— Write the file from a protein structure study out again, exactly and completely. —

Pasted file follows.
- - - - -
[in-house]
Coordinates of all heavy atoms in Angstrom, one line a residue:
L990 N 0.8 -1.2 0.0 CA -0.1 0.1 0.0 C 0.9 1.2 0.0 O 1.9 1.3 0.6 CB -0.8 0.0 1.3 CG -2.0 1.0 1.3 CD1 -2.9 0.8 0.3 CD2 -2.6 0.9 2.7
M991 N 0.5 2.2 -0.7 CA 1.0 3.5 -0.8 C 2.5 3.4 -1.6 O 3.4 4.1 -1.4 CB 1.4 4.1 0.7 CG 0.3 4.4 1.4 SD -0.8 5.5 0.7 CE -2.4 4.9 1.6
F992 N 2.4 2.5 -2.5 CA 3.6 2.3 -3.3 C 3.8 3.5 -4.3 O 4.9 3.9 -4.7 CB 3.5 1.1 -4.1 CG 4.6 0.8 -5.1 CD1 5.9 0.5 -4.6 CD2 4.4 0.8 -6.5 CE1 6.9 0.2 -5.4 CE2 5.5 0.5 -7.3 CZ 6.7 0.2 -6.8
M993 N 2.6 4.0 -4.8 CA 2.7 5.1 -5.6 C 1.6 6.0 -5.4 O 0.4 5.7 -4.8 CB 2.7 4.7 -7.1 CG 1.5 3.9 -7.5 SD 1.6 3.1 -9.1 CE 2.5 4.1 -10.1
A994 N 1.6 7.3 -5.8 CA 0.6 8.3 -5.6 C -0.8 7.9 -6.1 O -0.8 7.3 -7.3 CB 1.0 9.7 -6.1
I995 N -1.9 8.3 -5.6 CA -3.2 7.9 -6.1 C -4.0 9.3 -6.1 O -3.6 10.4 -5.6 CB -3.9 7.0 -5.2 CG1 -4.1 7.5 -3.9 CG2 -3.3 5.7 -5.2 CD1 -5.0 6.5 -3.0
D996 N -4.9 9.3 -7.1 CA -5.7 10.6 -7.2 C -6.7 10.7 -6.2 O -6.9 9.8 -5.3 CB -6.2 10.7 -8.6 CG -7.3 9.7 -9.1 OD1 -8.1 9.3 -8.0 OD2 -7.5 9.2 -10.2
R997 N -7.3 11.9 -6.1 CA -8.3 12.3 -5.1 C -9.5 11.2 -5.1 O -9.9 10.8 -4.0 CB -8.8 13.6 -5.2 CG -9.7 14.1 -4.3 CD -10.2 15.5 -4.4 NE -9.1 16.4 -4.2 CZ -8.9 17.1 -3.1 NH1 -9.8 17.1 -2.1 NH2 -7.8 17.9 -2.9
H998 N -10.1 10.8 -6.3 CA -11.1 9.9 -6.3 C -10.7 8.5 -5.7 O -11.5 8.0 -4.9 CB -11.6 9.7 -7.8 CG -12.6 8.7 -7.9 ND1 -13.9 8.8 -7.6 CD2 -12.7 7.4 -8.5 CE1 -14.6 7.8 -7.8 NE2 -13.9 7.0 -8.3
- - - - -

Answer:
[in-house]
Coordinates of all heavy atoms in Angstrom, one line a residue:
L990 N 0.8 -1.2 0.0 CA -0.1 0.1 0.0 C 0.9 1.2 0.0 O 1.9 1.3 0.6 CB -0.8 0.0 1.3 CG -2.0 1.0 1.3 CD1 -2.9 0.8 0.3 CD2 -2.6 0.9 2.7
M991 N 0.5 2.2 -0.7 CA 1.0 3.5 -0.8 C 2.5 3.4 -1.6 O 3.4 4.1 -1.4 CB 1.4 4.1 0.7 CG 0.3 4.4 1.4 SD -0.8 5.5 0.7 CE -2.4 4.9 1.6
F992 N 2.4 2.5 -2.5 CA 3.6 2.3 -3.3 C 3.8 3.5 -4.3 O 4.9 3.9 -4.7 CB 3.5 1.1 -4.1 CG 4.6 0.8 -5.1 CD1 5.9 0.5 -4.6 CD2 4.4 0.8 -6.5 CE1 6.9 0.2 -5.4 CE2 5.5 0.5 -7.3 CZ 6.7 0.2 -6.8
M993 N 2.6 4.0 -4.8 CA 2.7 5.1 -5.6 C 1.6 6.0 -5.4 O 0.4 5.7 -4.8 CB 2.7 4.7 -7.1 CG 1.5 3.9 -7.5 SD 1.6 3.1 -9.1 CE 2.5 4.1 -10.1
A994 N 1.6 7.3 -5.8 CA 0.6 8.3 -5.6 C -0.8 7.9 -6.1 O -0.8 7.3 -7.3 CB 1.0 9.7 -6.1
I995 N -1.9 8.3 -5.6 CA -3.2 7.9 -6.1 C -4.0 9.3 -6.1 O -3.6 10.4 -5.6 CB -3.9 7.0 -5.2 CG1 -4.1 7.5 -3.9 CG2 -3.3 5.7 -5.2 CD1 -5.0 6.5 -3.0
D996 N -4.9 9.3 -7.1 CA -5.7 10.6 -7.2 C -6.7 10.7 -6.2 O -6.9 9.8 -5.3 CB -6.2 10.7 -8.6 CG -7.3 9.7 -9.1 OD1 -8.1 9.3 -8.0 OD2 -7.5 9.2 -10.2
R997 N -7.3 11.9 -6.1 CA -8.3 12.3 -5.1 C -9.5 11.2 -5.1 O -9.9 10.8 -4.0 CB -8.8 13.6 -5.2 CG -9.7 14.1 -4.3 CD -10.2 15.5 -4.4 NE -9.1 16.4 -4.2 CZ -8.9 17.1 -3.1 NH1 -9.8 17.1 -2.1 NH2 -7.8 17.9 -2.9
H998 N -10.1 10.8 -6.3 CA -11.1 9.9 -6.3 C -10.7 8.5 -5.7 O -11.5 8.0 -4.9 CB -11.6 9.7 -7.8 CG -12.6 8.7 -7.9 ND1 -13.9 8.8 -7.6 CD2 -12.7 7.4 -8.5 CE1 -14.6 7.8 -7.8 NE2 -13.9 7.0 -8.3